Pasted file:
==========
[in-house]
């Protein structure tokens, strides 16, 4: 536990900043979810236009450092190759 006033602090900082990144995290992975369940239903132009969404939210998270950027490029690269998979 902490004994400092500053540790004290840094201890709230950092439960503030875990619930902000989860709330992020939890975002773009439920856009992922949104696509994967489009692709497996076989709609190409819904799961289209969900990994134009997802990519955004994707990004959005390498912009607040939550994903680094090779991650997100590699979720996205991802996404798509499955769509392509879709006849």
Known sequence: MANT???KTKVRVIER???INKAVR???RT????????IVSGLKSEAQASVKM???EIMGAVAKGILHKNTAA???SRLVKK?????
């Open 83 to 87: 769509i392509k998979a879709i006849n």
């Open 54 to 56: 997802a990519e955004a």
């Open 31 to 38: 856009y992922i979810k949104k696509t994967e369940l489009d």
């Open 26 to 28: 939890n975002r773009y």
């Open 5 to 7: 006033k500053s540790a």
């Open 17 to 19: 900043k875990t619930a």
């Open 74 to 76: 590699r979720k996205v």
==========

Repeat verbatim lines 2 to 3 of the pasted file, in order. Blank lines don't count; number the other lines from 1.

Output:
């Protein structure tokens, strides 16, 4: 536990900043979810236009450092190759 006033602090900082990144995290992975369940239903132009969404939210998270950027490029690269998979 902490004994400092500053540790004290840094201890709230950092439960503030875990619930902000989860709330992020939890975002773009439920856009992922949104696509994967489009692709497996076989709609190409819904799961289209969900990994134009997802990519955004994707990004959005390498912009607040939550994903680094090779991650997100590699979720996205991802996404798509499955769509392509879709006849």
Known sequence: MANT???KTKVRVIER???INKAVR???RT????????IVSGLKSEAQASVKM???EIMGAVAKGILHKNTAA???SRLVKK?????